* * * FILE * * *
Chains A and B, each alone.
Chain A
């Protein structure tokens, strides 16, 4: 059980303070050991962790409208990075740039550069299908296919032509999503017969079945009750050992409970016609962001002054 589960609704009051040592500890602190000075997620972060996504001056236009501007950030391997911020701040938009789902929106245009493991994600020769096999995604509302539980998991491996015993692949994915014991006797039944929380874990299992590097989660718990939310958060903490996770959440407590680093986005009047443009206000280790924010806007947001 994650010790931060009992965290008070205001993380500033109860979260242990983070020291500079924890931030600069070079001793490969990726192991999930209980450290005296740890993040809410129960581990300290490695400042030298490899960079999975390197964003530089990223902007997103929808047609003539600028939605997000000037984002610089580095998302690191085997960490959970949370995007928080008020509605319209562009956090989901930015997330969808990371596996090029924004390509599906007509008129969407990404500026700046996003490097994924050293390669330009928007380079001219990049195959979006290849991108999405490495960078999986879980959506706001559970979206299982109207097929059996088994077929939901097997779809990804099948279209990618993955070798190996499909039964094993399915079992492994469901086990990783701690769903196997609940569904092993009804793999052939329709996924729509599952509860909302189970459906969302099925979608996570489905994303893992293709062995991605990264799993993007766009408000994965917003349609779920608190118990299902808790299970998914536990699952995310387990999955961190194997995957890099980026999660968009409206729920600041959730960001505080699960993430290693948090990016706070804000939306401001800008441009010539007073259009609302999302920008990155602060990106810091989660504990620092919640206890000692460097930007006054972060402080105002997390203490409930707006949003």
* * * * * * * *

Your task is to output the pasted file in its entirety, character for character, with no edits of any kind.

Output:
Chains A and B, each alone.
Chain A
């Protein structure tokens, strides 16, 4: 059980303070050991962790409208990075740039550069299908296919032509999503017969079945009750050992409970016609962001002054 589960609704009051040592500890602190000075997620972060996504001056236009501007950030391997911020701040938009789902929106245009493991994600020769096999995604509302539980998991491996015993692949994915014991006797039944929380874990299992590097989660718990939310958060903490996770959440407590680093986005009047443009206000280790924010806007947001 994650010790931060009992965290008070205001993380500033109860979260242990983070020291500079924890931030600069070079001793490969990726192991999930209980450290005296740890993040809410129960581990300290490695400042030298490899960079999975390197964003530089990223902007997103929808047609003539600028939605997000000037984002610089580095998302690191085997960490959970949370995007928080008020509605319209562009956090989901930015997330969808990371596996090029924004390509599906007509008129969407990404500026700046996003490097994924050293390669330009928007380079001219990049195959979006290849991108999405490495960078999986879980959506706001559970979206299982109207097929059996088994077929939901097997779809990804099948279209990618993955070798190996499909039964094993399915079992492994469901086990990783701690769903196997609940569904092993009804793999052939329709996924729509599952509860909302189970459906969302099925979608996570489905994303893992293709062995991605990264799993993007766009408000994965917003349609779920608190118990299902808790299970998914536990699952995310387990999955961190194997995957890099980026999660968009409206729920600041959730960001505080699960993430290693948090990016706070804000939306401001800008441009010539007073259009609302999302920008990155602060990106810091989660504990620092919640206890000692460097930007006054972060402080105002997390203490409930707006949003």